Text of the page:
It has been instrumental. I wouldn’t be here without the course. One of the main things I picked up from the course was, when taking on board a new project, the value of meeting the client and asking them to articulate their needs in their own language. It’s the job of the Project Manager to process and challenge this and translate it into construction terms. I think as an industry we can get fixated on discrete professions and specialisms, sometimes to the detriment of what the client actually needs and wants. The multidisciplinary nature of the degree at UCL really assisted with breaking out of that quite restrictive mentality. All of this really helped on a day-to-day basis and gave me the confidence to challenge and question aspects of the decision making process at all levels. Building a new school isn’t about construction, it’s about improving educational outcomes.
What was it that drove your interest in selecting BSc Project Management for Construction?
I was always interested in the built environment, and how it can influence human behaviour, so my initial choice was to study architecture. However, at the point of applying in 2004, I became interested in debates about why so many of our construction projects do not meet initial expectations around cost and time London had just been awarded the Olympic games and gearing up for their successful delivery was a very live topic in the industry. Thus, I shifted my focus to project management. I was particularly interested in the process and human factors around how you establish realistic expectations, move through a gateway approval process, and realise that aspiration in the form of a built asset. Of course, sometimes the best solution for the client is not a building but, instead, rationalising how you use a space within the building which might invariably turn into a refurbishment project. Or, it’s about changing how you do things - which is an organisational management issue - or seeing the problem in a new way. These debates are, perhaps, less a construction specific issue and more of a management consultancy problem. Project management has a much broader focus.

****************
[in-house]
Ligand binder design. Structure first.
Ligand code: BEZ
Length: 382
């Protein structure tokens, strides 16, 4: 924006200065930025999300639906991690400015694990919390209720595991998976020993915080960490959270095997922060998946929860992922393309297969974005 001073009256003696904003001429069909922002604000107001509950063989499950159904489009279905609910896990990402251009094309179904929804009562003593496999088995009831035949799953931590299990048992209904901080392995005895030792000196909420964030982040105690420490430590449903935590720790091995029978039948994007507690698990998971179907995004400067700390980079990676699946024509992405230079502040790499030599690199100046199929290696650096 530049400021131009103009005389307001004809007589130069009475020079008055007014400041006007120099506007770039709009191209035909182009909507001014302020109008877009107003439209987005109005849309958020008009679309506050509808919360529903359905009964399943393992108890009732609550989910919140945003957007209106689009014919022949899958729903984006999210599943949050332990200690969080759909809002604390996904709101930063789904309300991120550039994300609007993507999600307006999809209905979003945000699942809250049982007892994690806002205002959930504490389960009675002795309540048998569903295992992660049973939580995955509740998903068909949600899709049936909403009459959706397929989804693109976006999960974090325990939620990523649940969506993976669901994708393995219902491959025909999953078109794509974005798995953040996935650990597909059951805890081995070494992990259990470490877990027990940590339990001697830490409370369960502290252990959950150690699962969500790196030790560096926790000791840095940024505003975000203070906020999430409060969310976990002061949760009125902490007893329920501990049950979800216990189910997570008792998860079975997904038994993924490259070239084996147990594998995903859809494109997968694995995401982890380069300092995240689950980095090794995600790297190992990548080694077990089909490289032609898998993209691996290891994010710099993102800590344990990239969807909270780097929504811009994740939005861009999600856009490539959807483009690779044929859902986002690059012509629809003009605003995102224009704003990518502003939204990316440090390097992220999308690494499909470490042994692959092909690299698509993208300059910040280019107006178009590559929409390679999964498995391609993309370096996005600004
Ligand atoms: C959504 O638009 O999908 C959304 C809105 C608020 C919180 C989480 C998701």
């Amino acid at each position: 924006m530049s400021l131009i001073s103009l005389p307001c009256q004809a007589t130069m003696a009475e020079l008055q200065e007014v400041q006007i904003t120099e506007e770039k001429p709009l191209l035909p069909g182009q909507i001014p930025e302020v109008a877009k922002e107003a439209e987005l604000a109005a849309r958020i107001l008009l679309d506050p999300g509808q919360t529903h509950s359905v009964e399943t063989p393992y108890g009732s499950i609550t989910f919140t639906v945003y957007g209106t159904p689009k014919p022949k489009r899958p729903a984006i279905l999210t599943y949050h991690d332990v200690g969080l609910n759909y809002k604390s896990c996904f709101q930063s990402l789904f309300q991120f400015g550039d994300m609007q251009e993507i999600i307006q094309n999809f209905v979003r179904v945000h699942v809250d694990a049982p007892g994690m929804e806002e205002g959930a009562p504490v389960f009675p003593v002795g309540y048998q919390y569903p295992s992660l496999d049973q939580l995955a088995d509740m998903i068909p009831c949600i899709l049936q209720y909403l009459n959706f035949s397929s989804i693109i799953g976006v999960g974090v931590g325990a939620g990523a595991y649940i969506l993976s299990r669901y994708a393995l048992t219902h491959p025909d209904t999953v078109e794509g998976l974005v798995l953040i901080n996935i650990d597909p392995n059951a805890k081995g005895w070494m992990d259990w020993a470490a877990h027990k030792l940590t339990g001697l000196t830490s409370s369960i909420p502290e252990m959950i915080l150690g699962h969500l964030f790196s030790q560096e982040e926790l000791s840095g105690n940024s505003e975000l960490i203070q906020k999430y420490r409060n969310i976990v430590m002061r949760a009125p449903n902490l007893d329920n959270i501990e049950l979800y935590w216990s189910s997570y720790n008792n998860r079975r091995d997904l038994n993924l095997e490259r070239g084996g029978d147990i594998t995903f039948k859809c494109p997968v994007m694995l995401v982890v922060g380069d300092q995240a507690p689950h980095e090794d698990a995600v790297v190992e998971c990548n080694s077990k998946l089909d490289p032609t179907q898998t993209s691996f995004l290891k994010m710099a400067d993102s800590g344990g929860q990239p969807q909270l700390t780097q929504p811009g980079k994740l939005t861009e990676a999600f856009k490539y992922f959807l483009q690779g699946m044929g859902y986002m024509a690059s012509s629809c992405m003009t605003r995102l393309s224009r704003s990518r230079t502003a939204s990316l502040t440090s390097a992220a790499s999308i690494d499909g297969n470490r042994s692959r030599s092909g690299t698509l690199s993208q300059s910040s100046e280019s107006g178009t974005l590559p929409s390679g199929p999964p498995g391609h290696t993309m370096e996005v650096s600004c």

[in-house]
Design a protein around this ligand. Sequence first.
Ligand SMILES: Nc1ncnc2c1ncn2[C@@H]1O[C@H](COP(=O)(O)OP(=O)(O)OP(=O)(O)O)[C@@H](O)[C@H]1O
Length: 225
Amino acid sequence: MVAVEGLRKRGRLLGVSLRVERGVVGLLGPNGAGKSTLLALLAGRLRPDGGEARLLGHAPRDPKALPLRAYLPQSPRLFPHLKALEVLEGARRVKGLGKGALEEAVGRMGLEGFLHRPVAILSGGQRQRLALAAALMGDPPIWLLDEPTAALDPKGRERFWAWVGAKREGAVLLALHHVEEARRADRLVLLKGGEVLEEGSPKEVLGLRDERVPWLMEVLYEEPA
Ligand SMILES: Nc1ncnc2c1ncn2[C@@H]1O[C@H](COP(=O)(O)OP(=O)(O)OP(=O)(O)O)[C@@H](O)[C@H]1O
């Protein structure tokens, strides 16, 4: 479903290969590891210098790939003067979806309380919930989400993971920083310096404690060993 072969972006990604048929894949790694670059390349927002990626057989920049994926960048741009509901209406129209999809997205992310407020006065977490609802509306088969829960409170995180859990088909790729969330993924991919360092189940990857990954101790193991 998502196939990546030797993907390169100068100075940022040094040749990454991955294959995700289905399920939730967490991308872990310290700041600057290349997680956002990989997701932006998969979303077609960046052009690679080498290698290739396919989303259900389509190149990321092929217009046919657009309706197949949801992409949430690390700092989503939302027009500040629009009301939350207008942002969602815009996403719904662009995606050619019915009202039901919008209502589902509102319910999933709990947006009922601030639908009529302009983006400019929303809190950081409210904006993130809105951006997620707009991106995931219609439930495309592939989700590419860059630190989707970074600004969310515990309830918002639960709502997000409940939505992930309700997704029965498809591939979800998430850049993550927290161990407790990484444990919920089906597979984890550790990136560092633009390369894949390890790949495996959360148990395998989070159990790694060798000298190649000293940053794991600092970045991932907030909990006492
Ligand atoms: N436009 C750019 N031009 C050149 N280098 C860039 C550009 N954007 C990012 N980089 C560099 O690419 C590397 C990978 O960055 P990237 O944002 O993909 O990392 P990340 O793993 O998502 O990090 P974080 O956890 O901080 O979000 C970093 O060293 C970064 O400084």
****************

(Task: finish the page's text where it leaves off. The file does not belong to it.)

What issues have arisen in your current role?
What I’ve always found interesting is why, in construction, we often ask contractors to gamble on the unknown. We seek to pass the risk on but sometimes it’s an illusion which results in not obtaining the best outcomes. It’s something that seems quite unique to construction but I can also see why. When initial expectations aren’t set or risks properly explained, the client loses trust and can become disillusioned. This then affects the approach to future projects. In this particular environment of market buoyancy, contractors are choosing work so it’s almost inevitable there will be difficulties.
One of the main things I have learnt is we live in an imperfect world. Progress is often followed by disappointment and you can only get so much done, but that doesn’t mean you stop trying or stop being optimistic. It’s about using your limited political capital wisely and not getting downhearted when there’s a setback.
Winston Alaneme’s views are his own and not representative of the DfE or any other organisation referred to in this article.